2. Don't glorify isolation
I think it's very easy for entrepreneurs to start to accept that a sense of isolation is just a side-effect of our profession, along with sleep deprivation and 'iPhone elbow' from checking emails in bed (how many times this week have you dropped your phone on your face?). When we are 'on' we're so busy constantly talking, connecting and brainstorming that by the end of the day, we just want to zone out in front of the TV and hide ourselves away. Don't get me wrong - I value alone time and think it's vital to avoid burnout, but I also don't necessarily think it's healthy to put yourself in a bubble night after night.

If your work calendar is full, you might need to be intentional about your personal one. It could be as simple as searching for one event per month in your area that interests you. Think about starting your own book club, walking group, handstand gang, whatever! I doubt that the activity you enjoy is so obscure that no one else in your area enjoys it too. It just takes a bit of courage to reach out and connect with people and they probably feel as isolated as you do.

3. Set work-(un)related challenges

If you have two weeks off work, it's the perfect time to set yourself a personal challenge. But don't worry, it doesn't need to be a muscle-aching, back-breaking CrossFit-style endurance test! It could be a personal project that helps you embrace a new hobby, reconnect with an old friend or just get better at a craft. If you need inspiration, watch the TED talk by Google engineer Matt Cutts entitled "Try Something New for 30 days". Back in 2009, Matt felt he was stuck in a rut so he vowed to walk 10,000 steps every day for one month.

Other 30-day challenges he attempted included following a vegan diet, learning to play the ukulele and doing something nice for his wife every day. For motivation, check out, an online forum where people share their personal missions. It might not directly boost your business, but it may boost your joy.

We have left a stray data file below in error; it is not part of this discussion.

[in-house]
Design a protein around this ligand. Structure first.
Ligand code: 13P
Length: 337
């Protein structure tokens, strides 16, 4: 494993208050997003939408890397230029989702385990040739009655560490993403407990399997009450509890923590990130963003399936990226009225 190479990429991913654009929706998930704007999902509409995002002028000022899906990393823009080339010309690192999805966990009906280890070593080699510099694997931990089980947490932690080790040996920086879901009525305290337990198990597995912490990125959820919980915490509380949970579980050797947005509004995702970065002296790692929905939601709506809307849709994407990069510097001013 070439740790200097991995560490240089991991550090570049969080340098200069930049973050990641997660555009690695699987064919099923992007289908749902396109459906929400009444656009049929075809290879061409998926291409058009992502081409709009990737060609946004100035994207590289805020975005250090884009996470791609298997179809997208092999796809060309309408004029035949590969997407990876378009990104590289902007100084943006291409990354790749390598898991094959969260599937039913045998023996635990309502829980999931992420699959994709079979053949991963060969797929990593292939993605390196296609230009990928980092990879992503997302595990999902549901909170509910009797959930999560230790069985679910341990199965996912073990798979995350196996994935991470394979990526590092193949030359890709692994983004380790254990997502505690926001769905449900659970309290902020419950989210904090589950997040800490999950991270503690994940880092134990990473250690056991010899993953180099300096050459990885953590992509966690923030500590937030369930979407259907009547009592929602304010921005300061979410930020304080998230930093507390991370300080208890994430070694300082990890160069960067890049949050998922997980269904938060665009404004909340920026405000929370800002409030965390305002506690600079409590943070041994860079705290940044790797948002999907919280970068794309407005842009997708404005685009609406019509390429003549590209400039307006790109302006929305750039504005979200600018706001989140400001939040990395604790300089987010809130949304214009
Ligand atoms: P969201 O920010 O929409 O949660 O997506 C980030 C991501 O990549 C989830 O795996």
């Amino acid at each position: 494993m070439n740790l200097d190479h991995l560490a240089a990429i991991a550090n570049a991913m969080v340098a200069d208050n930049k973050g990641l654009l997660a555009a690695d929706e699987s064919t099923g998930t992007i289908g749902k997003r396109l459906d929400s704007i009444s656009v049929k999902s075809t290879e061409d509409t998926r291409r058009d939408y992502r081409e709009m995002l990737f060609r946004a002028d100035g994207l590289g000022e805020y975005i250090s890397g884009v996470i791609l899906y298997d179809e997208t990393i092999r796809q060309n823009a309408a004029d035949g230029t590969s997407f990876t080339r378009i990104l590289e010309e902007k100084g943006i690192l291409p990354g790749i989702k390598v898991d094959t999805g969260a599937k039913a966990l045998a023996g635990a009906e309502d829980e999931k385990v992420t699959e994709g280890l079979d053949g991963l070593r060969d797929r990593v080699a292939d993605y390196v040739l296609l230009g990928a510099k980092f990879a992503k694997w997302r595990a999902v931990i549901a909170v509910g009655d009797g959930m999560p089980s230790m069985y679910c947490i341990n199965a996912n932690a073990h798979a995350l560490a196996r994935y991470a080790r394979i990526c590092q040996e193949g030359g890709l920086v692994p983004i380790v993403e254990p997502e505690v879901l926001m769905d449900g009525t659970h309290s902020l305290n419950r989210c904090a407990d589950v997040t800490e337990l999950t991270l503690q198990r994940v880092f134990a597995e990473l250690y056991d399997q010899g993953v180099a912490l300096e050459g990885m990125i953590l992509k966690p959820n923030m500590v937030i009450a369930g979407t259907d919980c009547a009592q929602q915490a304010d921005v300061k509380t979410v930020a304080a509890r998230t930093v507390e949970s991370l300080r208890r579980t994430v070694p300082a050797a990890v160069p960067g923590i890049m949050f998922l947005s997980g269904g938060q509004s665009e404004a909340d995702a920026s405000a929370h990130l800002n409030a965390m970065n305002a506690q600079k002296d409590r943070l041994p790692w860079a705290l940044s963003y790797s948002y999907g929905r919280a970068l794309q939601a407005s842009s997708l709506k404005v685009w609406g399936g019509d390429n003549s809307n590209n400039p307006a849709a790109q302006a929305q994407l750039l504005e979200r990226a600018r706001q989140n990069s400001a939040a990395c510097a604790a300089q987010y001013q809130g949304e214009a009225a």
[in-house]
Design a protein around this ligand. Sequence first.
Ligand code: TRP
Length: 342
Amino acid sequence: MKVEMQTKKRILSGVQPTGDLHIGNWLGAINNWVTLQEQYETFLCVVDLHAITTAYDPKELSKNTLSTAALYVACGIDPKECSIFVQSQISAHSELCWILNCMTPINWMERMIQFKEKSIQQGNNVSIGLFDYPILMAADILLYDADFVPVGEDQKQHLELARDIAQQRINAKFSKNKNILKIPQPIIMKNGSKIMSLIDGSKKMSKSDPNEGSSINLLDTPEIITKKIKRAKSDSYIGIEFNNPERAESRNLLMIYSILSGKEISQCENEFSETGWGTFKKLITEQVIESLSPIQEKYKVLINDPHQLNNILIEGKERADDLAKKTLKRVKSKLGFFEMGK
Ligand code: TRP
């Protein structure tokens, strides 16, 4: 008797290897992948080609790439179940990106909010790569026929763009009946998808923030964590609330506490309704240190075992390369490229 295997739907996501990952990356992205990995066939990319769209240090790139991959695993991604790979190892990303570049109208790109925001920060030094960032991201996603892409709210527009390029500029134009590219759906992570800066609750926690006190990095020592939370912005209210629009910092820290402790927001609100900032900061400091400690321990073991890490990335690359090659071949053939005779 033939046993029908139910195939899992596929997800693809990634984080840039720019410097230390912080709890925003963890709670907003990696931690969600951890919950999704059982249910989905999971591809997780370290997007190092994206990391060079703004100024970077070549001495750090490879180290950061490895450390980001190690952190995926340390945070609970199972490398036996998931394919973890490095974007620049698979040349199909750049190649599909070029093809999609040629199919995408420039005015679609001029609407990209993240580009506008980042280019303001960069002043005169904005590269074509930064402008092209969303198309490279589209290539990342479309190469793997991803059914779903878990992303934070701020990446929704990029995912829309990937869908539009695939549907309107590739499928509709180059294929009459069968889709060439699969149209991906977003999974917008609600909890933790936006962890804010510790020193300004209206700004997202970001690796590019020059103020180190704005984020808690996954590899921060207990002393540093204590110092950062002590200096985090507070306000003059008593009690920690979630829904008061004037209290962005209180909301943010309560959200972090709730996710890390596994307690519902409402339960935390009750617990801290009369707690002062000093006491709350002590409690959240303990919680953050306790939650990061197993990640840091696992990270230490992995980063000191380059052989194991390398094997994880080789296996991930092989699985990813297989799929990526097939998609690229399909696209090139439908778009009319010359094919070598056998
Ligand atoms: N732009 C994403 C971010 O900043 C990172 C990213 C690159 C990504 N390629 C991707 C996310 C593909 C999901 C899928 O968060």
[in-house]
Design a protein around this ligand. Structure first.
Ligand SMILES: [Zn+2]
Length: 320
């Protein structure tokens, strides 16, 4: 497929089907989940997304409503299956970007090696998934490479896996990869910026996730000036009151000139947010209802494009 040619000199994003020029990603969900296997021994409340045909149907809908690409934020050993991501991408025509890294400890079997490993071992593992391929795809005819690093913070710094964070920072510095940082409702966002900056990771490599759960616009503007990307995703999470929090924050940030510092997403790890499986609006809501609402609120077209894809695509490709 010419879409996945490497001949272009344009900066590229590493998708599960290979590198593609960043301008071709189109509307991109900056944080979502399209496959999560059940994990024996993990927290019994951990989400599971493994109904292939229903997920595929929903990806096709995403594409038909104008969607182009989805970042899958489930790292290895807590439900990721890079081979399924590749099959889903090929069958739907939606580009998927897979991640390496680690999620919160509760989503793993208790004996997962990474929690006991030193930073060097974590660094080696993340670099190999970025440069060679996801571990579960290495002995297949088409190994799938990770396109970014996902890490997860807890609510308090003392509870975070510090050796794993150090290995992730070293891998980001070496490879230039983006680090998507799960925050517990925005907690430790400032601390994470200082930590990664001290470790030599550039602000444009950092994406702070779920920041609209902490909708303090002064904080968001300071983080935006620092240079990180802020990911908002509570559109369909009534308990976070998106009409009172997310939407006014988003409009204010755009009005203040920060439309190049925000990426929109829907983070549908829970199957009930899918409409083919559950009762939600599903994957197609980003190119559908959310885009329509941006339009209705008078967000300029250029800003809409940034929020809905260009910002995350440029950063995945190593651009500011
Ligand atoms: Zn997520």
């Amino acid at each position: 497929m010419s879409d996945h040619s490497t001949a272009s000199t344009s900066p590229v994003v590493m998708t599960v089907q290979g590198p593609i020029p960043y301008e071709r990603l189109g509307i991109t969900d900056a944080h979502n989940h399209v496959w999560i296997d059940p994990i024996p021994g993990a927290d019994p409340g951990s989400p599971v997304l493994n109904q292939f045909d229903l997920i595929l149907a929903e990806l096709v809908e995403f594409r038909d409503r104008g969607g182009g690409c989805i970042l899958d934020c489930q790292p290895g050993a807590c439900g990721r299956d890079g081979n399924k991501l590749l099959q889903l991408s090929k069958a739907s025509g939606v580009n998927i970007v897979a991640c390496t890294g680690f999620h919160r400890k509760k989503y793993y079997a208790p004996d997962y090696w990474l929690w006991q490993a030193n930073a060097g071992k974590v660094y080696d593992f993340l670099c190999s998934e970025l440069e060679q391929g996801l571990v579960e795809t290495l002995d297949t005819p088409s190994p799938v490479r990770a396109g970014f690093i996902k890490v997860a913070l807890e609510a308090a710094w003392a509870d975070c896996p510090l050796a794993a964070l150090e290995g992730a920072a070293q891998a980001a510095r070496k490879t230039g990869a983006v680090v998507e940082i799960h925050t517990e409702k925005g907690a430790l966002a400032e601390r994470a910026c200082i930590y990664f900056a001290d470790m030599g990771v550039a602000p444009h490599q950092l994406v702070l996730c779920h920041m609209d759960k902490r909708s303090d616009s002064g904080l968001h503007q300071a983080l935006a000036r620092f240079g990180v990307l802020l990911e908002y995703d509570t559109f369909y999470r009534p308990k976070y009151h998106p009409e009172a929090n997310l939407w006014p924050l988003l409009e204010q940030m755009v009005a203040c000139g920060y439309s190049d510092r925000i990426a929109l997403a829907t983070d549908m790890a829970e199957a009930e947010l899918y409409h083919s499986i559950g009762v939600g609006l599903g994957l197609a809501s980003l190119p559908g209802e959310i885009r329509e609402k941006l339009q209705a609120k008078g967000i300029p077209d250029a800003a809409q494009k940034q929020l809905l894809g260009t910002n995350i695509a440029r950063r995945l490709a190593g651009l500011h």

4. Say yes
One of the best shifts that has come into my life of late is making 'yes' my default instead of 'no'. So when I'm asked to go to the beach, to the park, on a holiday, out for lunch or over to someone's place for late-night pizza and a soppy movie, I force myself to question why I shouldn't do it, before I say no. I'm not advocating burnout or getting yourself so busy socially that you are exhausted and even more stressed at work because you have limited capacity. What I am suggesting is that you simply stop yourself and say, "Why not?" before you say anything else... and just see what happens. Not only does your entire mindset shift, but you'll open yourself up to a host of fun, incredible things that can slowly shift your gaze towards life outside of the office.

5. Get some help
If you are really struggling at work, look at the numbers and see if you can get some extra help for yourself. Entrepreneurs always put themselves last (case in point: we always pay ourselves last and only if there is any money left!) but it might be time to put yourself first for once, which can help take the practical pressure away so you feel you can have some time off and that life won't be hell on your return. My tip: hire someone with a strong, but nurturing personality so they can not only help you diarise your appointments but are discerning enough to buy you milk when you need it or book a holiday when they can see you unravelling. Or, if you don't feel you have the tools to help yourself and a PA isn't enough, don't be afraid to get a professional or two in your camp to help untangle the mess, so you can free yourself and enjoy the sunshine again.